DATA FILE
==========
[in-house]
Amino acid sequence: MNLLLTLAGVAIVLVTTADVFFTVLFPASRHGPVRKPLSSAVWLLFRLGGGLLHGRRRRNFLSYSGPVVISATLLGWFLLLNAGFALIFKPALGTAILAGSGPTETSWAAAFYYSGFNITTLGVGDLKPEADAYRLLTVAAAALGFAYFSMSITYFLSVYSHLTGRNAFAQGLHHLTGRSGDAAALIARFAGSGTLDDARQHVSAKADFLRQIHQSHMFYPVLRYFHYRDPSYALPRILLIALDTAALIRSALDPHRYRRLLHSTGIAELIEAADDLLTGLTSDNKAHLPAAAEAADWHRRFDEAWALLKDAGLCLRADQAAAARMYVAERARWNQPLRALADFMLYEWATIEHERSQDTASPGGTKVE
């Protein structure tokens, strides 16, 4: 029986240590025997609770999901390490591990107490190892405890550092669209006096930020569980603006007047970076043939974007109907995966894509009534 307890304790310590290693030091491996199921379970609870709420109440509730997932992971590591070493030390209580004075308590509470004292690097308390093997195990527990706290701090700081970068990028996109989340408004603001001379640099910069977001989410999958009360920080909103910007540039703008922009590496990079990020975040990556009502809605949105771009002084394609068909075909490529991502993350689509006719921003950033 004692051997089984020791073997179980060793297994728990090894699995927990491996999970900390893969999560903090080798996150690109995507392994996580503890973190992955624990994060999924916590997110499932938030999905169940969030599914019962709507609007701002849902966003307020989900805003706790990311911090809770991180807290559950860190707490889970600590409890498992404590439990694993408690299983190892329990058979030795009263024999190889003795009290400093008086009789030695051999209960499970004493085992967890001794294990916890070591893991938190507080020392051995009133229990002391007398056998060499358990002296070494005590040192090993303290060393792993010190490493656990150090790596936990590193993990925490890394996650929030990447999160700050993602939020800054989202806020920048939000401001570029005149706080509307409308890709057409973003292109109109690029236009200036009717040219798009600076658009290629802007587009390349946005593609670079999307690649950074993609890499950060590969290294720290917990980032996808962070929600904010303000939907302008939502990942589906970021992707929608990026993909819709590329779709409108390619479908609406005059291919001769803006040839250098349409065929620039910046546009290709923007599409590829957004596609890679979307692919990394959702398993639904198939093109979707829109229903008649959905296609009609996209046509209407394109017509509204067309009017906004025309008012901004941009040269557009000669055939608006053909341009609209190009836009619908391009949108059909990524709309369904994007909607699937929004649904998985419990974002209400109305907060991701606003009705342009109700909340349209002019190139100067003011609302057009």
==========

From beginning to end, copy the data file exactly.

[in-house]
Amino acid sequence: MNLLLTLAGVAIVLVTTADVFFTVLFPASRHGPVRKPLSSAVWLLFRLGGGLLHGRRRRNFLSYSGPVVISATLLGWFLLLNAGFALIFKPALGTAILAGSGPTETSWAAAFYYSGFNITTLGVGDLKPEADAYRLLTVAAAALGFAYFSMSITYFLSVYSHLTGRNAFAQGLHHLTGRSGDAAALIARFAGSGTLDDARQHVSAKADFLRQIHQSHMFYPVLRYFHYRDPSYALPRILLIALDTAALIRSALDPHRYRRLLHSTGIAELIEAADDLLTGLTSDNKAHLPAAAEAADWHRRFDEAWALLKDAGLCLRADQAAAARMYVAERARWNQPLRALADFMLYEWATIEHERSQDTASPGGTKVE
């Protein structure tokens, strides 16, 4: 029986240590025997609770999901390490591990107490190892405890550092669209006096930020569980603006007047970076043939974007109907995966894509009534 307890304790310590290693030091491996199921379970609870709420109440509730997932992971590591070493030390209580004075308590509470004292690097308390093997195990527990706290701090700081970068990028996109989340408004603001001379640099910069977001989410999958009360920080909103910007540039703008922009590496990079990020975040990556009502809605949105771009002084394609068909075909490529991502993350689509006719921003950033 004692051997089984020791073997179980060793297994728990090894699995927990491996999970900390893969999560903090080798996150690109995507392994996580503890973190992955624990994060999924916590997110499932938030999905169940969030599914019962709507609007701002849902966003307020989900805003706790990311911090809770991180807290559950860190707490889970600590409890498992404590439990694993408690299983190892329990058979030795009263024999190889003795009290400093008086009789030695051999209960499970004493085992967890001794294990916890070591893991938190507080020392051995009133229990002391007398056998060499358990002296070494005590040192090993303290060393792993010190490493656990150090790596936990590193993990925490890394996650929030990447999160700050993602939020800054989202806020920048939000401001570029005149706080509307409308890709057409973003292109109109690029236009200036009717040219798009600076658009290629802007587009390349946005593609670079999307690649950074993609890499950060590969290294720290917990980032996808962070929600904010303000939907302008939502990942589906970021992707929608990026993909819709590329779709409108390619479908609406005059291919001769803006040839250098349409065929620039910046546009290709923007599409590829957004596609890679979307692919990394959702398993639904198939093109979707829109229903008649959905296609009609996209046509209407394109017509509204067309009017906004025309008012901004941009040269557009000669055939608006053909341009609209190009836009619908391009949108059909990524709309369904994007909607699937929004649904998985419990974002209400109305907060991701606003009705342009109700909340349209002019190139100067003011609302057009």